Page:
Michael J. Moore & Dakin Campbell, Bloomberg, Wall Street Sweats Out Volcker Rule Impact on Revenue, here.
Wall Street banks, which already shut proprietary trading units that helped fuel record profits, are girding to learn next week how much revenue the Volcker rule may cut from the $44 billion they say comes from market-making.
With U.S. regulators scheduled to vote Dec. 10, the largest firms are getting little detail about the final terms of the Volcker rule’s ban on proprietary trades, and still have basic questions about what kind of market-making will be allowed, said three senior U.S. bankers. They’re also wondering whether they’ll have to change practices or curtail business in some less-liquid markets, the bankers said.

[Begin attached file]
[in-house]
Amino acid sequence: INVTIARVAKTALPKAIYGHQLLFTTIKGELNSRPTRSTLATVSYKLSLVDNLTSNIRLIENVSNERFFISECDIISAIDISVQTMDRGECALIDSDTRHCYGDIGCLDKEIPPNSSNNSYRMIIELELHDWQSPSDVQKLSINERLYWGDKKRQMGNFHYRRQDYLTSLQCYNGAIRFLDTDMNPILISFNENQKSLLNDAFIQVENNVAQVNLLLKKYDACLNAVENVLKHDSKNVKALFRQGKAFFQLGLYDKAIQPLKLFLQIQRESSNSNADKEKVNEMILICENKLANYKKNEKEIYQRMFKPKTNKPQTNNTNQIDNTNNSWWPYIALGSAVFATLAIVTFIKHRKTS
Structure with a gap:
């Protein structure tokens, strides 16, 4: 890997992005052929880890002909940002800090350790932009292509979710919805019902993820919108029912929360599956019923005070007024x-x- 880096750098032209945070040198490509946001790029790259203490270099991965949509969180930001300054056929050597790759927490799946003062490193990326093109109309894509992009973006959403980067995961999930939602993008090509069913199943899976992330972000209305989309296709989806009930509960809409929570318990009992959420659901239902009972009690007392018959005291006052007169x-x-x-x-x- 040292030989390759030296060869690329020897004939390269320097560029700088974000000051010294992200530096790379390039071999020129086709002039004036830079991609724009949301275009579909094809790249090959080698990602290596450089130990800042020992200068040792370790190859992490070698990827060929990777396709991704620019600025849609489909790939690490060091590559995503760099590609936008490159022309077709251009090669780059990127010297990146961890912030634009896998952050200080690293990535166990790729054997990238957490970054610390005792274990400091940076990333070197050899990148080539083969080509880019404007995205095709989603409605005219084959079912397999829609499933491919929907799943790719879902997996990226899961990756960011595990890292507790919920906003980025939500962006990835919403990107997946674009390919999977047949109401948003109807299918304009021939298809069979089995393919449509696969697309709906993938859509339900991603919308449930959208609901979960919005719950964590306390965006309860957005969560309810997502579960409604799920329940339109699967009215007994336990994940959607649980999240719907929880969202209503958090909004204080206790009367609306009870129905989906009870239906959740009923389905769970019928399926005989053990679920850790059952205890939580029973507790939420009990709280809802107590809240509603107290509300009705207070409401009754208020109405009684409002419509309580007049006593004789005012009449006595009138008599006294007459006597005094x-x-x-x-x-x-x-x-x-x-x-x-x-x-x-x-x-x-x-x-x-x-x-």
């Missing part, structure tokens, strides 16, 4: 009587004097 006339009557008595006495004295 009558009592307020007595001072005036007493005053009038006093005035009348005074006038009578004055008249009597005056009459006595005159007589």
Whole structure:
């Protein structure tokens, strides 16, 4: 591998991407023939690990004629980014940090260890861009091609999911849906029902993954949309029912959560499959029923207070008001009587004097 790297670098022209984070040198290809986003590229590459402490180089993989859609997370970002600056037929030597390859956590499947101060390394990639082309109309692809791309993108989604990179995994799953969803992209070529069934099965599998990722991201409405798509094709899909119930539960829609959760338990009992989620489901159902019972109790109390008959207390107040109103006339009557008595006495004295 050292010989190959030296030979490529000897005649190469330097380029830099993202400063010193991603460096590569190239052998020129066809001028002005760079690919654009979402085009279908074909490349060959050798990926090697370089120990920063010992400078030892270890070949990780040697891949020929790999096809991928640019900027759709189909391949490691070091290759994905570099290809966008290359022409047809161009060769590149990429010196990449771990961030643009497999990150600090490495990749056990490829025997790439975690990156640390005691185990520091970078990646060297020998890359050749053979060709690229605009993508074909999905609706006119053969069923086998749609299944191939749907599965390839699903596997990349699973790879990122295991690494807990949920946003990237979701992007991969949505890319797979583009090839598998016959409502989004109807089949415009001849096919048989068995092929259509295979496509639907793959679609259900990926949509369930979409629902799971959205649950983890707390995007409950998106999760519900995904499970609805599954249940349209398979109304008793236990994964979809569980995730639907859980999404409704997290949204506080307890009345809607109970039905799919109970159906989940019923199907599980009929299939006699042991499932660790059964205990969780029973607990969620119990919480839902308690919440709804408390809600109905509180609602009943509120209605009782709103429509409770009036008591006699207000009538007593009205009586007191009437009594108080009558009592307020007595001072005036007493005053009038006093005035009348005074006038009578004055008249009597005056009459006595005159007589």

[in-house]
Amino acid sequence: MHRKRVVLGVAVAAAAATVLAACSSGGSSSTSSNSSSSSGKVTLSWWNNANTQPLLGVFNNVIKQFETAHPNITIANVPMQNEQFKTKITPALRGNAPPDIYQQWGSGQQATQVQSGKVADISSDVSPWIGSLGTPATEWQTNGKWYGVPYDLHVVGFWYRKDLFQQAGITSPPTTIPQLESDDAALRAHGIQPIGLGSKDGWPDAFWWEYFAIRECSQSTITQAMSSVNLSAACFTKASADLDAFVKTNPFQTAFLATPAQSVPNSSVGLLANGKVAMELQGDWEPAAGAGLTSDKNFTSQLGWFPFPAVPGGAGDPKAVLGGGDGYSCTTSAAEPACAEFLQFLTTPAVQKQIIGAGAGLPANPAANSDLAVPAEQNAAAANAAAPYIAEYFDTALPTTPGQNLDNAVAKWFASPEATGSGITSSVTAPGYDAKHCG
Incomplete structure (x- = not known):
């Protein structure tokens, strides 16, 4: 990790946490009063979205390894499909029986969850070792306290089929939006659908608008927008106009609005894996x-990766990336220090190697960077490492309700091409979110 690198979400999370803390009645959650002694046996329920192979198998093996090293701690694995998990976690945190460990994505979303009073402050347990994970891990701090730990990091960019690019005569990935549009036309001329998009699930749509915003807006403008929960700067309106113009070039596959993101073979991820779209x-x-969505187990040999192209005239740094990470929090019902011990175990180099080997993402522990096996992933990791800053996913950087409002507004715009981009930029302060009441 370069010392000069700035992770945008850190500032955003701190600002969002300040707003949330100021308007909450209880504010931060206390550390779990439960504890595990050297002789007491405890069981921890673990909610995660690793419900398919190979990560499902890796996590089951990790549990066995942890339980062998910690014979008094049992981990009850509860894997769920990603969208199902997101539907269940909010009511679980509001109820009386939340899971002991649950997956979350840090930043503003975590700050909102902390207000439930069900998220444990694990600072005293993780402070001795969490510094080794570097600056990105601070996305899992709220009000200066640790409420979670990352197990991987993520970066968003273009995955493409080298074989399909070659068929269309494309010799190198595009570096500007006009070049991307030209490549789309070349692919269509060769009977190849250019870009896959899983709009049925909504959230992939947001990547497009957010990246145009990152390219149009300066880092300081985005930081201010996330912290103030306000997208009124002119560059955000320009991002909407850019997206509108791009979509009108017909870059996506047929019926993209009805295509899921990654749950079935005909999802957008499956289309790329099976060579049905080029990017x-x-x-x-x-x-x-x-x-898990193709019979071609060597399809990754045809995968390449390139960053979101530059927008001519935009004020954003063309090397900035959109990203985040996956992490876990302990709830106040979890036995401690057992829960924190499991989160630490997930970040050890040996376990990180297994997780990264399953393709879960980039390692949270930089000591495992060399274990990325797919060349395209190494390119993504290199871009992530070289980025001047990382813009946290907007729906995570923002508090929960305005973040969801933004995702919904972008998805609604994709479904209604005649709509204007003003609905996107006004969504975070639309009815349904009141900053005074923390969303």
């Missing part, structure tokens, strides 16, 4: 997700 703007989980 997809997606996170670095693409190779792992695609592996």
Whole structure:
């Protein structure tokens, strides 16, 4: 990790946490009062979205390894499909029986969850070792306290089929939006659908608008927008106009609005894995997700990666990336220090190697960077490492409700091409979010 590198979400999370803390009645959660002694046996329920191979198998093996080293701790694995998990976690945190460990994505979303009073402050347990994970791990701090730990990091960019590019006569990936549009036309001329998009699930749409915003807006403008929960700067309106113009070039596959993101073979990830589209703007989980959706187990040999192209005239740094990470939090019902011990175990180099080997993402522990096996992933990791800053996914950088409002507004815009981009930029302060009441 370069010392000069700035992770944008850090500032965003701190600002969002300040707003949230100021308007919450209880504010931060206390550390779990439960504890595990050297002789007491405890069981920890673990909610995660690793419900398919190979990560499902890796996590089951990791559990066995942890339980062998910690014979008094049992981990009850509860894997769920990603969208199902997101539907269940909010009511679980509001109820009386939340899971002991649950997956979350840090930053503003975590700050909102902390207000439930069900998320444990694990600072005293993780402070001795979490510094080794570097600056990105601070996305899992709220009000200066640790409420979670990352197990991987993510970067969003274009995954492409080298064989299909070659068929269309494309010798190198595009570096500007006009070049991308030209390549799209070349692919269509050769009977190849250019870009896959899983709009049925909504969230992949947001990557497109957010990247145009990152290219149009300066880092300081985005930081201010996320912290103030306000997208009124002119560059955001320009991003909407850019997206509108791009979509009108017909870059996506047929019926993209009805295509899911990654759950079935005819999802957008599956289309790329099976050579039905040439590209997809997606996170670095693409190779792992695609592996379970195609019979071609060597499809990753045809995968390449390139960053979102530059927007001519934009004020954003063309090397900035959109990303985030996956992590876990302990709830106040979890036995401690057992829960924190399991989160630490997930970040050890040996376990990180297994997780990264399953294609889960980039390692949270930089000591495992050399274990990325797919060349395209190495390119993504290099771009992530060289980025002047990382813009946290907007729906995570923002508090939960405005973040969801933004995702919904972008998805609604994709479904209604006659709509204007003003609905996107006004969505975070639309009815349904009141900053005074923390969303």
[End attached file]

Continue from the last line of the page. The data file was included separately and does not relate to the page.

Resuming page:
Matt Levine, Bloomberg, EU Is Shocked That Banks Colluded on Libor, here.
So the banks got together and decided: Let’s create a composite of our borrowing costs and all sell swaps against that composite. We’re all talking to each other anyway as we go about borrowing from each other, so let’s all just write down how much we’re paying to borrow, send our costs to a trade association, take a trimmed average, call it the London interbank offered rate, and write all our swaps against Libor. We can even set up a different trade association to make sure that we all have the same documents for our swaps, so that all our swaps work the same and use the same rate that we all more or less agree on.
So they did that, and it was great. I mean, it was, for them. You can complain because Libor has fallen into some disrepute of late, and they can complain because “fallen into disrepute” really means “has racked up some enormous fines for Libor banks,” but I don’t want to hear it from any of you. U.S. banks — U.S. banks alone — made $2.8 billion just last quarter from trading interest rate derivatives. That decision to have a standardized thing that they all agreed on as the basis for those derivatives worked out just plain great for them.